After the duke of the Abruzzi returned from the Karakoram, he returned to his naval duties. During the Italo-Turkish War of 1911—12 he directed successful operations off the coast of Albania. When Italy finally entered the First World War in 1915 on the side of the Allies, the duke became commander of Allied naval forces in the Adriatic Sea. His greatest wartime feat was to save the Serbian army, which in 1915 was crushed between the Austrian and Bulgarian armies and made a difficult winter retreat over the mountains to the Adriatic. Luigi Amedeo’s warships and transports, under fire of Austrian guns, took off the shore more than 150,000 Serbs, as well as 25,000 Austrian soldiers whom the Serbs had captured and forced to flee with them across the mountains. Now things began to go badly. Saboteurs destroyed two naval vessels in Italian ports and the cruiser Regina Margherita, leaving port in stormy weather, went off course and blew up in a minefield. Commissions were named to investigate the losses, and although the duke was not blamed directly the overall responsibility was his. Late in 1917 it was decided to remove the duke from the Adriatic command and name a French admiral as commander. The duke of the Abruzzi took this as an insult and resigned his commission—requesting that he be permitted to form and lead a kind of green-beret unit of arditi to fight on land. Permission was refused. When the Great War ended in 1918, the offended duke of the Abruzzi left Italy for Somalia, then an Italian colony, whose shores he had first seen as a young naval lieutenant on the Volturno, a quarter-century earlier.

European conquest of Somalia was almost completed. Some clans in the northeastern regions of the Italian colony were still fighting against Italian rule. Westward in British Somaliland, the great Somali warrior Mohamed Abdallah Hassan, whom the British misnamed the Mad Mullah, would continue to resist until in 1920 he was bombed out of his remote fortress by an unknown new weapon, airplanes.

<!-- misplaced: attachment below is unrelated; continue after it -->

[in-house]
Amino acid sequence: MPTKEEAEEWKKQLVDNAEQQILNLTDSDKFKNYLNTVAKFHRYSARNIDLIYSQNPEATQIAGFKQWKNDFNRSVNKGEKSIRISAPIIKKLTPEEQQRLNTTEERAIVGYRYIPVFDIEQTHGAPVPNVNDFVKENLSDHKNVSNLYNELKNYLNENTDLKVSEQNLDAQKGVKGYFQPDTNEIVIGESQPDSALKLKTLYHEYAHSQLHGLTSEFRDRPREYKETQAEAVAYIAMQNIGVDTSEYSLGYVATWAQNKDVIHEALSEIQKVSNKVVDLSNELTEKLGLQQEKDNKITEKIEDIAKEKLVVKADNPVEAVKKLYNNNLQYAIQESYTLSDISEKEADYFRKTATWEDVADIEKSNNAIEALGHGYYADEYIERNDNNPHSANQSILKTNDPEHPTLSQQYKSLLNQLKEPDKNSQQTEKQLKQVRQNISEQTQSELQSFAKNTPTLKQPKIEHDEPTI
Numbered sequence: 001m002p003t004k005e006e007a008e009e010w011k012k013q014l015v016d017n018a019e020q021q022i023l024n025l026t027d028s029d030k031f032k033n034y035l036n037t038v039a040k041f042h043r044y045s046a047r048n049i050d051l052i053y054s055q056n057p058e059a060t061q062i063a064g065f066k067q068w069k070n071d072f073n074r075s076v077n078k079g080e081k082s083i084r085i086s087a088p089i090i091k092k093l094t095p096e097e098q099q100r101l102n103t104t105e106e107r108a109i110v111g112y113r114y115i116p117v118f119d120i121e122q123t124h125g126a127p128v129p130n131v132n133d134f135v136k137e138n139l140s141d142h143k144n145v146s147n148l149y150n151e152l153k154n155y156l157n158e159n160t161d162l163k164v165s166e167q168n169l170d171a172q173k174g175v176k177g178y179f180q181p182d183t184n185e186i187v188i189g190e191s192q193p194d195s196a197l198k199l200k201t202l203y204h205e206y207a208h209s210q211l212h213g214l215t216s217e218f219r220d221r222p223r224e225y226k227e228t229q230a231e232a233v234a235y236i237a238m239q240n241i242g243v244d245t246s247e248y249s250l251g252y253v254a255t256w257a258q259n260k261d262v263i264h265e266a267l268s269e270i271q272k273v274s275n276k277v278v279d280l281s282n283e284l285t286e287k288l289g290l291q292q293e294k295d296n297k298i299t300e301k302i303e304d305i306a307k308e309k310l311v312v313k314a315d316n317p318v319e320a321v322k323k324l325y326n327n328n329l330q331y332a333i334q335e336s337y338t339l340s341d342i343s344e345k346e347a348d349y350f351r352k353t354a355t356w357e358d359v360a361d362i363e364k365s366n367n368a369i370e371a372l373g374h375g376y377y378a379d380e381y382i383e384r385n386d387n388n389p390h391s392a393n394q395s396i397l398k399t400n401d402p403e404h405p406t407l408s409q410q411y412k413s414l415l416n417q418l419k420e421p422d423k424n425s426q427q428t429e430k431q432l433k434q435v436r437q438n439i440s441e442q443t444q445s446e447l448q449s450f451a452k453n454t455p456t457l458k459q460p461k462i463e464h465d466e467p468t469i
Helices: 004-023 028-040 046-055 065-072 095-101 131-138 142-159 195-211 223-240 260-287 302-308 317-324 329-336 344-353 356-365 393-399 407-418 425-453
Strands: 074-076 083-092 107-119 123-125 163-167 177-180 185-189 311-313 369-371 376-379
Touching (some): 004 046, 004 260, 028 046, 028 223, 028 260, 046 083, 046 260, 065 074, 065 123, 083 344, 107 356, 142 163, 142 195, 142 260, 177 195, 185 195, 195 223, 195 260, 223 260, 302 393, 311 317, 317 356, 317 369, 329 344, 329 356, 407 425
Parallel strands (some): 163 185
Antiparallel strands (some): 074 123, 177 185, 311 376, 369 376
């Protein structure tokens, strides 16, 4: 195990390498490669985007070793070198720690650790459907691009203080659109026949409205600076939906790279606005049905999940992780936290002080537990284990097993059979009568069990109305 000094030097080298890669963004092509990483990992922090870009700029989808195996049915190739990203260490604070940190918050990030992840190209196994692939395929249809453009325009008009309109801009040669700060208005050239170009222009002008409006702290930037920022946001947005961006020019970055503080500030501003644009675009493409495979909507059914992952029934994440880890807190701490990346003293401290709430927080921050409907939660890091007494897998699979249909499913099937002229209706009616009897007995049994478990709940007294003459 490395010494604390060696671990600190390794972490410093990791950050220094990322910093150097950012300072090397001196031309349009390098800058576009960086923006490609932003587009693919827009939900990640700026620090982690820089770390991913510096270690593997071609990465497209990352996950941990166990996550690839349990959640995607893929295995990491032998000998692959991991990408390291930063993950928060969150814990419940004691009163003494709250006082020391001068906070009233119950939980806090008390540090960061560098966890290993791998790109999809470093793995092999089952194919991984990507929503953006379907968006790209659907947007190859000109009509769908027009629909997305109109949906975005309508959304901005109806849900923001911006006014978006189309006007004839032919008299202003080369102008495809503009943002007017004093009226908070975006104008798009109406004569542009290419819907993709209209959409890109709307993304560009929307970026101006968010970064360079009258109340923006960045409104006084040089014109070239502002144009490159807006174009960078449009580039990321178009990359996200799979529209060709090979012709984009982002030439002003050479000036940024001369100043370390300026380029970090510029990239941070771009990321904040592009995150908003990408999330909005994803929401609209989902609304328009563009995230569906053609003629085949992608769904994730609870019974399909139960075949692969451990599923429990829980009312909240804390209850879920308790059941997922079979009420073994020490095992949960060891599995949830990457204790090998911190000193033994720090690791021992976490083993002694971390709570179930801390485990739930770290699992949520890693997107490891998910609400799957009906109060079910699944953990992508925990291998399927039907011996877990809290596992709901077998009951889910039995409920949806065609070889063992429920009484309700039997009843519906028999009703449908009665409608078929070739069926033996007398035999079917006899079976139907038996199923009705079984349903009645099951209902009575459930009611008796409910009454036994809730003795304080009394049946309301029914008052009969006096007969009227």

The Italian colony of Somalia stretched along the east coast of Africa for a thousand miles, from the Kenyan border northeast to the Horn of Africa. Dozens of ships a day bound to or from Europe via the Suez Canal sailed past the Horn, where the Gulf of Aden met the great blue Indian Ocean. There was also a less modern traffic of small Somali dhows, carrying cargoes to the distant Persian Gulf and India.

But it was to inland and not coastal Somalia that the former admiral turned his attention. Inland, arid grasslands stretched west-ward for several hundred miles, to the borders of Ethiopia and beyond. Most Somalis were nomadic herders, wandering hundreds of miles in search of scarce forage and water. But Somalia was not all arid grasslands. There were two rivers, the Shebeli and the Juba. In the area between the rivers enough rain fell in most years to support agriculture, and there was a population of small farmers.

The duke arrived in Somalia late in 1918, in the wake of press reports that he planned to explore the headwaters of the Shebeli, which flowed down into Somalia from a source somewhere in the Ethiopian highlands. He found that source, much later. For now, he motored up and down the sleepy Italian colony over rough dusty tracks, looking for the best site to launch his new idea: a major agricultural project. He had long taken an interest in land-reclamation projects in Italy. It was time now to put Italian experience to work in the tropics.

In the end the duke decided to create a large complex of plantations along the Shebeli River, inland from Mogadishu. Here there was at least 15 inches of rain a year, and sometimes twice that. However, most of this rain fell in just two summer months, and near the Equator the evaporation rate was very high. The new plantations would therefore be irrigated, with water from the Shebeli. But the Shebeli was an unusual river. It rose in Ethiopia’s rainy highlands but in Somalia, in the long dry season, the Shebeli stopped flowing. It would therefore be necessary to build a large dam and reservoir, to hoard the river’s waters over the dry months.

The duke returned to Italy in 1919 to launch his plans. There were press reports from Budapest that he was a possible candidate for the vacant Hungarian throne. The reports seem not to have diverted his attention from Somalia—which was just as well, since for the next quarter-century Admiral Miklos Horthy, who had fought against the duke in the Adriatic, ruled Hungary as Regent behind a throne which remained empty.